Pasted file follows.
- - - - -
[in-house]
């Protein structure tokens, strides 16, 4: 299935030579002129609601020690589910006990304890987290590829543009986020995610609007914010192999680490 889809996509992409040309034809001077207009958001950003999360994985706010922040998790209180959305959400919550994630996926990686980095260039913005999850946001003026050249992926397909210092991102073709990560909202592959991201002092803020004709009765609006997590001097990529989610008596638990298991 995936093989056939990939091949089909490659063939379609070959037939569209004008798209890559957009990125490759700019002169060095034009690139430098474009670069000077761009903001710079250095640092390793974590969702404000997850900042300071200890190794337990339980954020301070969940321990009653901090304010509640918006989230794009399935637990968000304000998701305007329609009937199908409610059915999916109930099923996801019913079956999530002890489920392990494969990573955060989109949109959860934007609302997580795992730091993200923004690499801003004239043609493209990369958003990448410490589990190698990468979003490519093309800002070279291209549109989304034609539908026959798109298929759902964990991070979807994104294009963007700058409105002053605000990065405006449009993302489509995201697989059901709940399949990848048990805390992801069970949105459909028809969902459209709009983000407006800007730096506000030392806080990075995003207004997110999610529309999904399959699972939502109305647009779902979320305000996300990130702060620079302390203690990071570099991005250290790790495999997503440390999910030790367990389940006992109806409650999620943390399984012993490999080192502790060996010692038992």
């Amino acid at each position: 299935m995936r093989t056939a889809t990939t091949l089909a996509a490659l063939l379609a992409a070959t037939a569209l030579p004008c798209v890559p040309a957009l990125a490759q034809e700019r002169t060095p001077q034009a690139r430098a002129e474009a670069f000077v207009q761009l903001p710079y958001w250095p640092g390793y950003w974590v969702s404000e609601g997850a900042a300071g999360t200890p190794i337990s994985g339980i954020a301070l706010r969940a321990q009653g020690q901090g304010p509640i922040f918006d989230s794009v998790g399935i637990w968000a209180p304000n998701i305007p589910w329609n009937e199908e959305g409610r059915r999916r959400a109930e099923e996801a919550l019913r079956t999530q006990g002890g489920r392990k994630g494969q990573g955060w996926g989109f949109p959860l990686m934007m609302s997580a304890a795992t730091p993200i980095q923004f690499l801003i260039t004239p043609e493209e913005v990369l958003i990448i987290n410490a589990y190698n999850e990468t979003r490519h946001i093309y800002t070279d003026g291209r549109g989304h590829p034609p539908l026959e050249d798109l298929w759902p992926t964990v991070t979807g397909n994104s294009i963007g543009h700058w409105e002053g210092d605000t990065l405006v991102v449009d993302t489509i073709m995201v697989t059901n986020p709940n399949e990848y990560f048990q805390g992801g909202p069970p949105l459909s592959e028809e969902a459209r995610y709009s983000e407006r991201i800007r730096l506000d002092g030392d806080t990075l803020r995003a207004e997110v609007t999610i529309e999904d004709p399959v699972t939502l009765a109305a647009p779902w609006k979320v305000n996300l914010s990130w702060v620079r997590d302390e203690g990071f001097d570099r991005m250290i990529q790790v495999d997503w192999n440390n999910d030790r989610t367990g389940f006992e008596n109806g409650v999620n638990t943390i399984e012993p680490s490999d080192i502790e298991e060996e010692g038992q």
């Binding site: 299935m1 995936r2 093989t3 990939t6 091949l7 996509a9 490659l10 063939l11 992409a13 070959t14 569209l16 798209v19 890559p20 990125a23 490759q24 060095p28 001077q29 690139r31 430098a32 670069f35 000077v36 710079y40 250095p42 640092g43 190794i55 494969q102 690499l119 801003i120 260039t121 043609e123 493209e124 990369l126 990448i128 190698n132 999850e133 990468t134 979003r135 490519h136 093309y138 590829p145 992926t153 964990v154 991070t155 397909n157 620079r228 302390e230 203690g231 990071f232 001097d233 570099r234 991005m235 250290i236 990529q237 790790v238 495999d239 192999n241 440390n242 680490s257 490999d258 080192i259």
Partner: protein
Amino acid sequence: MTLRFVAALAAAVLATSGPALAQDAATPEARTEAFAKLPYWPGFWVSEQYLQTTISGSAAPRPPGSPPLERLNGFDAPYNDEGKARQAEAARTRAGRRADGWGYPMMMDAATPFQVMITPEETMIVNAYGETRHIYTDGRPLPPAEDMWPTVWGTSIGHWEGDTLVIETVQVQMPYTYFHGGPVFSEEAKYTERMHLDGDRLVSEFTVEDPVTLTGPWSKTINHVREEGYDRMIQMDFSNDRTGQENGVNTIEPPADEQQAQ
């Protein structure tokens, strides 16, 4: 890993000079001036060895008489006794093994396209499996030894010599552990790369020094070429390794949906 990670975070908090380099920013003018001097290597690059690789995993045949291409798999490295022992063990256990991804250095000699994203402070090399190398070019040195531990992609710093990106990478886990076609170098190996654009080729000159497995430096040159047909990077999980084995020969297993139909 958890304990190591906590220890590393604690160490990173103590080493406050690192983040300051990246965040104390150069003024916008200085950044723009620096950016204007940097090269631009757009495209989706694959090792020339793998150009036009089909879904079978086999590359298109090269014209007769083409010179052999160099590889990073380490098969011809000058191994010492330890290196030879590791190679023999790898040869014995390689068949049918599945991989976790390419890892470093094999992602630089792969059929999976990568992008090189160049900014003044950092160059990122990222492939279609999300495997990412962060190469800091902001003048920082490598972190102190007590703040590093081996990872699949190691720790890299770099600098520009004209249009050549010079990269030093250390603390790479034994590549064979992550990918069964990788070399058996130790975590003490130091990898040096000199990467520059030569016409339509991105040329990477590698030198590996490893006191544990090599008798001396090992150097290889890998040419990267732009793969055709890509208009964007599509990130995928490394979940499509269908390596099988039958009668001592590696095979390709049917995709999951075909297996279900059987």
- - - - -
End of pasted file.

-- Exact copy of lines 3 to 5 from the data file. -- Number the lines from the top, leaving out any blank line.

């Amino acid at each position: 299935m995936r093989t056939a889809t990939t091949l089909a996509a490659l063939l379609a992409a070959t037939a569209l030579p004008c798209v890559p040309a957009l990125a490759q034809e700019r002169t060095p001077q034009a690139r430098a002129e474009a670069f000077v207009q761009l903001p710079y958001w250095p640092g390793y950003w974590v969702s404000e609601g997850a900042a300071g999360t200890p190794i337990s994985g339980i954020a301070l706010r969940a321990q009653g020690q901090g304010p509640i922040f918006d989230s794009v998790g399935i637990w968000a209180p304000n998701i305007p589910w329609n009937e199908e959305g409610r059915r999916r959400a109930e099923e996801a919550l019913r079956t999530q006990g002890g489920r392990k994630g494969q990573g955060w996926g989109f949109p959860l990686m934007m609302s997580a304890a795992t730091p993200i980095q923004f690499l801003i260039t004239p043609e493209e913005v990369l958003i990448i987290n410490a589990y190698n999850e990468t979003r490519h946001i093309y800002t070279d003026g291209r549109g989304h590829p034609p539908l026959e050249d798109l298929w759902p992926t964990v991070t979807g397909n994104s294009i963007g543009h700058w409105e002053g210092d605000t990065l405006v991102v449009d993302t489509i073709m995201v697989t059901n986020p709940n399949e990848y990560f048990q805390g992801g909202p069970p949105l459909s592959e028809e969902a459209r995610y709009s983000e407006r991201i800007r730096l506000d002092g030392d806080t990075l803020r995003a207004e997110v609007t999610i529309e999904d004709p399959v699972t939502l009765a109305a647009p779902w609006k979320v305000n996300l914010s990130w702060v620079r997590d302390e203690g990071f001097d570099r991005m250290i990529q790790v495999d997503w192999n440390n999910d030790r989610t367990g389940f006992e008596n109806g409650v999620n638990t943390i399984e012993p680490s490999d080192i502790e298991e060996e010692g038992q």
């Binding site: 299935m1 995936r2 093989t3 990939t6 091949l7 996509a9 490659l10 063939l11 992409a13 070959t14 569209l16 798209v19 890559p20 990125a23 490759q24 060095p28 001077q29 690139r31 430098a32 670069f35 000077v36 710079y40 250095p42 640092g43 190794i55 494969q102 690499l119 801003i120 260039t121 043609e123 493209e124 990369l126 990448i128 190698n132 999850e133 990468t134 979003r135 490519h136 093309y138 590829p145 992926t153 964990v154 991070t155 397909n157 620079r228 302390e230 203690g231 990071f232 001097d233 570099r234 991005m235 250290i236 990529q237 790790v238 495999d239 192999n241 440390n242 680490s257 490999d258 080192i259």
Partner: protein